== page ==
The temporary protection order (TPO) directs a person to stay away from the other person within a certain amount of distance — not to approach them, their place of business, or to contact them in any way, shape, or form. This order can award temporary or exclusive use of a residence or custody of children to the other party, and a violation of the order can carry additional penalties.

A civil protection order (CPO) is similar, but is brought in civil court, not the criminal court. A CPO can include the same kind of terms that a TPO might — exclusion from the residence, temporary awards of custody and parenting time, and orders to stay away from the alleged victim.

In the civil court proceeding, the temporary order may be issued on an emergency basis, where the alleged abuser has no chance to testify or introduce evidence, and is really only good for 7-10 days. The court is required to set a second hearing on that temporary civil protection order within a short period of time, in order to give the defendant an opportunity to come to court and demonstrate why that order shouldn’t be made or should be less permanent or stringent.

If the court determines there was domestic violence, a final civil protection order will be issued. A CPO can last up to five years from the date the court issued it. It’s a powerful means of protecting yourself if you have a spouse who has struck or threatened to harm you.

Then what’s the difference between the civil and criminal orders?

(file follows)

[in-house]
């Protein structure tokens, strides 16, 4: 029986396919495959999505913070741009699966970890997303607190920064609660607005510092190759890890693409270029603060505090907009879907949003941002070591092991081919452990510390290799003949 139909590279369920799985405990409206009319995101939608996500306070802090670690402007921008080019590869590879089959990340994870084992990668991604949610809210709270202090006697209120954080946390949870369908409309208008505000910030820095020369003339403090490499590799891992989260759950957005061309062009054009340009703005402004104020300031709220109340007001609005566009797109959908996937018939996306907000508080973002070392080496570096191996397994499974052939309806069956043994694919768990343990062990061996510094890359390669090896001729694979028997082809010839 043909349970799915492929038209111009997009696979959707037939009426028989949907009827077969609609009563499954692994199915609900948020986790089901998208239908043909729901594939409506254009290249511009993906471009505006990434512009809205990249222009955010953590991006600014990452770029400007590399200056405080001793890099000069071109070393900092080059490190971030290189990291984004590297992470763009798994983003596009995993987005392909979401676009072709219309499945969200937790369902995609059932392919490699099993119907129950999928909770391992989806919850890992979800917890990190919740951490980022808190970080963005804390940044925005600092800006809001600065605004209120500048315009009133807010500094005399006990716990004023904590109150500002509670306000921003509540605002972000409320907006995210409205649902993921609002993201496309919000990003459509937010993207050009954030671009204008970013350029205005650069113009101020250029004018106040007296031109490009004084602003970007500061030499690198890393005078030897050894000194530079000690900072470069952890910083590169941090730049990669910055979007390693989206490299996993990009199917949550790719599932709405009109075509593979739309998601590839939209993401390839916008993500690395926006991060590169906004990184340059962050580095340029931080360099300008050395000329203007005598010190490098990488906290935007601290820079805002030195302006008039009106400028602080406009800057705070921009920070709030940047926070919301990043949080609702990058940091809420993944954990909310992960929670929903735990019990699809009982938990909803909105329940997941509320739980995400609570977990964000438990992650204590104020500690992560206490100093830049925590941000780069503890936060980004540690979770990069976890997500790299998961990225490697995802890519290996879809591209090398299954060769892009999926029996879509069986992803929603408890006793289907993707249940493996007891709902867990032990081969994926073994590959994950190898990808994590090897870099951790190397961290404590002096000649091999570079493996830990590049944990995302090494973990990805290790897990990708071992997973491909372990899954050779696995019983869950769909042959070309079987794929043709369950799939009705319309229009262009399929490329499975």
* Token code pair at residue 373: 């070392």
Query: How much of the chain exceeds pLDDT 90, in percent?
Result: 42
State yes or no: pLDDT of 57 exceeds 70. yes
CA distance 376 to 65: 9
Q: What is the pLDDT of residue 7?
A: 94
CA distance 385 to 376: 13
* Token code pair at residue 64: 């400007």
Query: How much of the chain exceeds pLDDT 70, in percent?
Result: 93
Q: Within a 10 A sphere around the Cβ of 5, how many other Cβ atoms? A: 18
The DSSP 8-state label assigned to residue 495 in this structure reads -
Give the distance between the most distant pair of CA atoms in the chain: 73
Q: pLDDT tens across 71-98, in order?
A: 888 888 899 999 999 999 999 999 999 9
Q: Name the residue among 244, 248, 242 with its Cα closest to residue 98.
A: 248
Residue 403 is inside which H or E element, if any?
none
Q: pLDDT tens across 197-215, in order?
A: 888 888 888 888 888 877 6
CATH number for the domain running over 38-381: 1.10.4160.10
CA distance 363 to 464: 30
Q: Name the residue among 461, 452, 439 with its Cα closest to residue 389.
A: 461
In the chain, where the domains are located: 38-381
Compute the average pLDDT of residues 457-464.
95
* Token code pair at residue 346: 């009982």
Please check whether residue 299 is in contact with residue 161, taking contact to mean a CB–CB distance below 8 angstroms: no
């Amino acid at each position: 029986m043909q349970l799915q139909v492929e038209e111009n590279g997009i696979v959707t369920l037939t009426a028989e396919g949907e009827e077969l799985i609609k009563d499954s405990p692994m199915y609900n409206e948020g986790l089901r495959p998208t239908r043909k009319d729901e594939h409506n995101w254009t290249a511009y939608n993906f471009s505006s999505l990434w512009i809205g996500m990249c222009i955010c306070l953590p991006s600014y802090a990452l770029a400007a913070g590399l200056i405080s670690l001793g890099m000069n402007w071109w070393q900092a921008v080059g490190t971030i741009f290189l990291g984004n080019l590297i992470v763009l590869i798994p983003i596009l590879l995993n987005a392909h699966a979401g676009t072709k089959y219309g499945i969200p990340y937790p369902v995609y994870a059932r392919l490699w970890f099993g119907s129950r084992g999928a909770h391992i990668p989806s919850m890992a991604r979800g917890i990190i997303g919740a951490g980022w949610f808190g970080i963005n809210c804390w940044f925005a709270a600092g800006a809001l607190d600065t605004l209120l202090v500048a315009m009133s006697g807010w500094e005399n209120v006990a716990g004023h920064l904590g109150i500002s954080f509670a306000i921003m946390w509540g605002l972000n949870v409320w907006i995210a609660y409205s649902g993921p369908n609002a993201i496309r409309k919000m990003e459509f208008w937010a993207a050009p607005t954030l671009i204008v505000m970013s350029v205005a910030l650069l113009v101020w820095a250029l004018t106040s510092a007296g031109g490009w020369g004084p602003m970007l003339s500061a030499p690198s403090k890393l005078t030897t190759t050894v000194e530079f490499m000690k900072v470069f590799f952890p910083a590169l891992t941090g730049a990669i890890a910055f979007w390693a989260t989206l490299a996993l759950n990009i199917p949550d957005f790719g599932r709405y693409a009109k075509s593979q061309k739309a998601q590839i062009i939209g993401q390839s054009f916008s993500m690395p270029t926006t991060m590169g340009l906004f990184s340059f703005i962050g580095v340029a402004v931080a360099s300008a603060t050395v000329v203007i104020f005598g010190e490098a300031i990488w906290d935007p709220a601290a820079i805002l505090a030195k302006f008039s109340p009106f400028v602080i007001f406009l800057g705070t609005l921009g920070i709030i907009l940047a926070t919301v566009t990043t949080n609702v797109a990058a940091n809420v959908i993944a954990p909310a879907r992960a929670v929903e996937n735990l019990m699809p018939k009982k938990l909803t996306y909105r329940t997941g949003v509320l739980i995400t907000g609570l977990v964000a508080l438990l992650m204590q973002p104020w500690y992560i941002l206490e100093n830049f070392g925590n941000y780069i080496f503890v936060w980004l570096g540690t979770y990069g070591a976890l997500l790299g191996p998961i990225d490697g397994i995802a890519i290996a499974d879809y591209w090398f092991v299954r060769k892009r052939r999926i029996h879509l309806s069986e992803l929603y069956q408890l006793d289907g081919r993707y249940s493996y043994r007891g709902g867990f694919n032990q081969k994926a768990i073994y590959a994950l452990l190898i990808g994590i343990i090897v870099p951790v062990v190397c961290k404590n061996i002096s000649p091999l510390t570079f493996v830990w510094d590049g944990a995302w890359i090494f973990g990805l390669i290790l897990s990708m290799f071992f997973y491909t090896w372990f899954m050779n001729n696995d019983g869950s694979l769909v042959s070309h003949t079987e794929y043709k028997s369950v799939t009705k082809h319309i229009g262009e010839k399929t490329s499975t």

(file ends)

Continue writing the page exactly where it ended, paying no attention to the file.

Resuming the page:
One of the big differences, if not the biggest, between a criminal and civil protection domestic violence case is the burden of proof. In a criminal case, the burden is beyond a reasonable doubt and the defendant has a right to a jury trial. A criminal domestic violence case may also include additional criminal charges like assault or menacing.

In a civil case, the burden of proof is to demonstrate the domestic violence by a preponderance of the evidence — which essentially means more likely than not. If the judge thinks the witness’ testimony is more than likely to be accurate, they will find that domestic violence has been committed. The burden is lower in civil court and is generally heard and ruled on by a single judge, not a jury.

The results can still be devastating if you are the losing party in a civil protection case. A CPO can keep you out of your house and away from your children and your spouse, and may severely limit your ability to access your assets or funds. It can be draconian.

Without minimizing the horror of domestic violence, the reality is that in cases where there is a lot of ambiguity or uncertainty about the facts, the court is often left to make its best guess as to which side is true. Regardless of which side of the case you may find yourself on, having legal representation may be one of the best ways to protect yourself and your interests.

Is it time to talk to a Columbus family law attorney?

Only you can read the signs and tell if it’s time to file for a divorce (or legal separation). If you’re facing a divorce, you need the experts by your side not only developing your case, but also helping guide you through the muddy, emotional waters. Contact the experienced, professional Columbus divorce attorneys at Babbitt & Dahlberg today and schedule a consultation.